Report on the role of the determinants of health in advancing the right to mental health

12 April 2019
Special Rapporteur on the right to health
At the Human Rights Council’s 41st session (24 June-12 July 2019)


In the present report the Special Rapporteur elaborates on the critical role of the social and underlying determinants of health in advancing the realization of the right to mental health.

He argues that good mental health and well-being cannot be defined by the absence of a mental health condition, but must be defined instead by the social, psychosocial, political, economic and physical environment that enables individuals and populations to live a life of dignity, with full enjoyment of their rights and in the equitable pursuit of their potential.

Factors such as access to healthcare, food, housing, education and work, as well as other social and psychosocial elements affect mental health. In particular, the quality of social relationships matters. Connections between individuals, families and communities over the course of life, across generations, between government and people, between different nations, and between mankind and nature are critical for mental health. These relationships are shaped by structures in homes, schools, workplaces, healthcare settings and society at large, and are therefore linked to issues such as abusive relationships, violence and social disparities, among others.

Key recommendations

The Special Rapporteur highlights the need for and States’ obligations to create and sustain enabling environments that incorporate a rights-based approach to mental health. These environments should value social connection and respect through non-violent and healthy relationships, and promote a life of dignity and well-being for all persons throughout their lifetimes.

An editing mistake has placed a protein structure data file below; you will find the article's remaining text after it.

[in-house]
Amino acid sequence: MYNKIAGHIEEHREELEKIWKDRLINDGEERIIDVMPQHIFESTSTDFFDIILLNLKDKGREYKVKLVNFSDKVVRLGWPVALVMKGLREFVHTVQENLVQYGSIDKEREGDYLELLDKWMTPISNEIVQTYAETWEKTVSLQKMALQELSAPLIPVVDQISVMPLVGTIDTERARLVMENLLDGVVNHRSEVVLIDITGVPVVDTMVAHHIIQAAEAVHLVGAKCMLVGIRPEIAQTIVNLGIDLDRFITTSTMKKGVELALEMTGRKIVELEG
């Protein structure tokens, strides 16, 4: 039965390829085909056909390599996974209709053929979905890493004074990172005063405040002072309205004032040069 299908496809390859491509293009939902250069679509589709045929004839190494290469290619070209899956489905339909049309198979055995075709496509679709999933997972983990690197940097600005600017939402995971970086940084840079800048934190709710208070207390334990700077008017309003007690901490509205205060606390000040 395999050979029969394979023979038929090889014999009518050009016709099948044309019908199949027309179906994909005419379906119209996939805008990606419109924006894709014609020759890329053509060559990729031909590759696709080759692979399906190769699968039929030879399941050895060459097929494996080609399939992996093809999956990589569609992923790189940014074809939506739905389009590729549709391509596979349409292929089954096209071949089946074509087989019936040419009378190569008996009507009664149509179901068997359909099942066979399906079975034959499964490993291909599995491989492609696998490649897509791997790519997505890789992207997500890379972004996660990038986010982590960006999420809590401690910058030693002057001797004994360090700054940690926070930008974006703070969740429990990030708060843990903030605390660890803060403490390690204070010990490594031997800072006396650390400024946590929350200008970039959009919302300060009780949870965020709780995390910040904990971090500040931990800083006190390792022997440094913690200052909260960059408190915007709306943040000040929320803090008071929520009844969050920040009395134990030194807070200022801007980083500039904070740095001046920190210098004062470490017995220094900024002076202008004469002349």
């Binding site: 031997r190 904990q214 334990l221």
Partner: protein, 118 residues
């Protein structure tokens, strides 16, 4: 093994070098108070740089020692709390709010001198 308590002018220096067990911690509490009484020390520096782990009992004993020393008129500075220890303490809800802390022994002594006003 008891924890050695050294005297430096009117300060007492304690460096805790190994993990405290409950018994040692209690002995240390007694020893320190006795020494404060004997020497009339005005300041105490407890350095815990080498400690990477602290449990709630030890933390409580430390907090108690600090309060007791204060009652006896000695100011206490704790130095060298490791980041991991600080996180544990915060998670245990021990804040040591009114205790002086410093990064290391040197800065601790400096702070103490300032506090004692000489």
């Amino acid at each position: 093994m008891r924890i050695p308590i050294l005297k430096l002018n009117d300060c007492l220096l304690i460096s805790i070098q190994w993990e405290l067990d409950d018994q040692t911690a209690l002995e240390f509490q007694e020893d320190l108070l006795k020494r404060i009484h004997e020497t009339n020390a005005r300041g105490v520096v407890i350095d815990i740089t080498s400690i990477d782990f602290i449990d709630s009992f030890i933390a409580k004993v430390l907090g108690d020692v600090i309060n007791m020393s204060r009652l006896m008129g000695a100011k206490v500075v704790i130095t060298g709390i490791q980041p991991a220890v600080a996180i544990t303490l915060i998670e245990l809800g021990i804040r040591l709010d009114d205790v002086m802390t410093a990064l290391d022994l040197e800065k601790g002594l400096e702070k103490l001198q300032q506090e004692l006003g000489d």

States should enable healthy and positive relationships based on trust, respect and tolerance. They should create opportunities for solidarity, mutual support and trust. This means promoting community inclusion, environments free from violence, and participation in cultural diversity. It also means eradicating xenophobia, decriminalising poverty and behaviours such as drug use and sexual diversity. This also involves refocusing mental health care away from residential institutions and towards non-coercive alternatives that address holistic well-being—placing individuals, their definition of their experiences and their decisions at the centre.

The expert also highlights the need to support families to improve the quality of relationships between parents and children. He reiterates his call to eliminate institutional care for children, and elaborates on the need to address bullying and prevent depression and suicide. He calls for modern public health approaches that value and foster non-violent relationships and avoid excessive medicalisation.

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